Florida's Legislature set the table for a confrontation with Gov. Rick Scott with a record-setting $82.3 billion state budget blueprint that rejects his priorities. Set for a final vote Friday before the House and Senate adjourn this regular session, most House Democrats are expressing agreement with the largely Republican-crafted spending plan. That bipartisanship should give the governor pause with his veto power since they could face override votes.
The proposed budget has much to like.
Per-student spending will increase by 1 percent, up $458 million for a total of $20.2 billion. But lawmakers did not follow Scott's plan to fund that increase by raising local property taxes, as has been past practice.
Instead, those taxes will be reduced and state revenue will be spent -- by slashing into the governor's proposal for $1 billion in tax cuts for businesses. Property owners finally get a break in this significant policy shift.
The state university system scored big, with an extra $500 million earmarked for institutional performance on 12 benchmarks. This should create a competitive atmosphere and drive progress.
Florida hospitals will divvy up $608 million in federal and local tax revenue to cover some of the expenses for charity health care.
That follows steep drops the past two years; the federal government gave Florida $2 billion in 2014-2015 and $1 billion in this fiscal year for the Low Income Pool program of partial reimbursements. LIP is being phased out.
But Manatee Memorial Hospital came out a big winner with an increase in LIP funding from $6.7 million in fiscal 2015-2016 to some $13.2 million next year, a big coup for the hospital.
As the county's safety-net hospital, Manatee Memorial performs the lion's share of charity care. The higher figure matches previous allocations after a steep reduction last year.
Blake Medical Center took a major hit, from $917,800 to $62,000 next year under a new tiered formula.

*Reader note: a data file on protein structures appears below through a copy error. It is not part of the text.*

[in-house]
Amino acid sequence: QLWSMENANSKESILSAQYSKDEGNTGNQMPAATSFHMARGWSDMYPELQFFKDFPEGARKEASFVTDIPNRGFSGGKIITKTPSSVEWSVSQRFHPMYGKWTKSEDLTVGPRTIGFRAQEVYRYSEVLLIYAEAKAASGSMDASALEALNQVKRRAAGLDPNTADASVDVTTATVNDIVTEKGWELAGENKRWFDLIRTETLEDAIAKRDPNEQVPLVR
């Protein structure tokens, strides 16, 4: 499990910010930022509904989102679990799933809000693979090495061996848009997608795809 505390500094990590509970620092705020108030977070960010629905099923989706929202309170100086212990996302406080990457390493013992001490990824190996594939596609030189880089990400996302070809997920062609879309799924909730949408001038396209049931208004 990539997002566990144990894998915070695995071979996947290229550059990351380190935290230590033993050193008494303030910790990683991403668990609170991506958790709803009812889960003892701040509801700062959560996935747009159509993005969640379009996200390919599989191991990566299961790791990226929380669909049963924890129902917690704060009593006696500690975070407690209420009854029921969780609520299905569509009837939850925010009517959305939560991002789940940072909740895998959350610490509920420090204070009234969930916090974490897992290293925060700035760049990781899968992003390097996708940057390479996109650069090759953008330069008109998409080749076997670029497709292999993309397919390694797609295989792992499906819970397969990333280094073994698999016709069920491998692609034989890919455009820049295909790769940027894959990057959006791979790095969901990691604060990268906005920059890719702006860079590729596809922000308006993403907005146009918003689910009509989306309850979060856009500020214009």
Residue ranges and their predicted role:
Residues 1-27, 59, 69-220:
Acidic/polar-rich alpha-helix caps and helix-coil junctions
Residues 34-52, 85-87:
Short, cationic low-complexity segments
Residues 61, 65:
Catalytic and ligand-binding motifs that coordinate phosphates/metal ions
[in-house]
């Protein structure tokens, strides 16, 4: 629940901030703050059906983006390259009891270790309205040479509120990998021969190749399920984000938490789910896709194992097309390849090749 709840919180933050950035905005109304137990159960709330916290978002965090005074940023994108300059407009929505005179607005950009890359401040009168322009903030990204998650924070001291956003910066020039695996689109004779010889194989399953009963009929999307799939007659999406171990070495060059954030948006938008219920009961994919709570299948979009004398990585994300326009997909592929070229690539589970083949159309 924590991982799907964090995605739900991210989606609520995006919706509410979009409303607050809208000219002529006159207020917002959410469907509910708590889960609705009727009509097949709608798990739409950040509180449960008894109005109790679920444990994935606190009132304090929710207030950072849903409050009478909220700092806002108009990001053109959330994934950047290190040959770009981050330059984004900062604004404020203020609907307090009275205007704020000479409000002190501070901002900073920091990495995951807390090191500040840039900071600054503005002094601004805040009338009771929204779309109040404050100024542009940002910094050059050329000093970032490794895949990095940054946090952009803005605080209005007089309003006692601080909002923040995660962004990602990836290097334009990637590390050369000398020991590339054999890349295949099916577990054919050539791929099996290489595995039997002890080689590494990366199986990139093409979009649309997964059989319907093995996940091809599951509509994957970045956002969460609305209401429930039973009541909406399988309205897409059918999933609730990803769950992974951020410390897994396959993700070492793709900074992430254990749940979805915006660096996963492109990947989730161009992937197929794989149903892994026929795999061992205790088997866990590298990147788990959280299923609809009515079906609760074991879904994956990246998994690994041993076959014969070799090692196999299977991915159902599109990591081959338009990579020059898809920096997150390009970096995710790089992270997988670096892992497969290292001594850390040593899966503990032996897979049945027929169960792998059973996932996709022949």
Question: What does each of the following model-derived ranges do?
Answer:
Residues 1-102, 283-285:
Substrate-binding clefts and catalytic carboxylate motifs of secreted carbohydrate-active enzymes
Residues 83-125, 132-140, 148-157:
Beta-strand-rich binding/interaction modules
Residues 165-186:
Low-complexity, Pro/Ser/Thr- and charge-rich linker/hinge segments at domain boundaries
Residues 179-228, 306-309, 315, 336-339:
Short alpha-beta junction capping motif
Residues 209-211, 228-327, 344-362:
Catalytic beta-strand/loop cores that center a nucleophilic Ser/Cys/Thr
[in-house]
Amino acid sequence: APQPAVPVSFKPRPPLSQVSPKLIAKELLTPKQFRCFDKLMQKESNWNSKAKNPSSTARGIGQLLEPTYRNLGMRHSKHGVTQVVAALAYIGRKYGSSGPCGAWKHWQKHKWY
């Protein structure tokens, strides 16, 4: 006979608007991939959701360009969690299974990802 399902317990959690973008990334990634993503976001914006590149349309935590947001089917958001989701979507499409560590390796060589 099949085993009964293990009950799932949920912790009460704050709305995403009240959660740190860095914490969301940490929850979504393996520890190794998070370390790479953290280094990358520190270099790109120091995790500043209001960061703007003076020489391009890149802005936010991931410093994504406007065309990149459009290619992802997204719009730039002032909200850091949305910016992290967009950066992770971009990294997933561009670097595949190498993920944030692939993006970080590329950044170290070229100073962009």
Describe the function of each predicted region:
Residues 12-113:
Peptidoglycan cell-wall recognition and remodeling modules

The Lake Erie College of Osteopathic Medicine in Lakewood Ranch is poised to receive $1.7 million to support Florida students enrolled in either the osteopathic medicine or pharmacy programs.
One of the last-minute allocations serves some of neediest residents -- $25 million to trim the waiting lists for services at the Agency for Persons with Disabilities. There shouldn't be any such lists for these invaluable services.
Another budget item that popped up Monday features $49 million for the controversial performance-based bonus program for teachers, called the Best and Brightest. Teachers who meet certain benchmarks on their own SAT or ACT tests are eligible for bonuses up to $10,000.
The argument against this idea -- that standardized tests don't reflect classroom performance -- fell by the wayside. Still, this metric does measure academic success.
Spending on cultural and museum grants rose significantly, from almost $13 million in 2015-2016 to $19 million next year. The state should support the arts as an important economic development tool that improves communities and attracts business and visitors.
This session is quite an improvement over last year's bitter infighting, the failure to pass a budget on time and special sessions to clean up various messes.
With all 120 House seats and 40 Senate posts up for election during a presidential election year, when voters turn out in higher numbers, the chambers certainly worked together -- even with some bipartisanship -- proving to the electorate that civility is not an endangered species.
Last year, Scott vetoed a record $461.4 million in line-item spending. With his agenda shredded, his wrath could set a new record.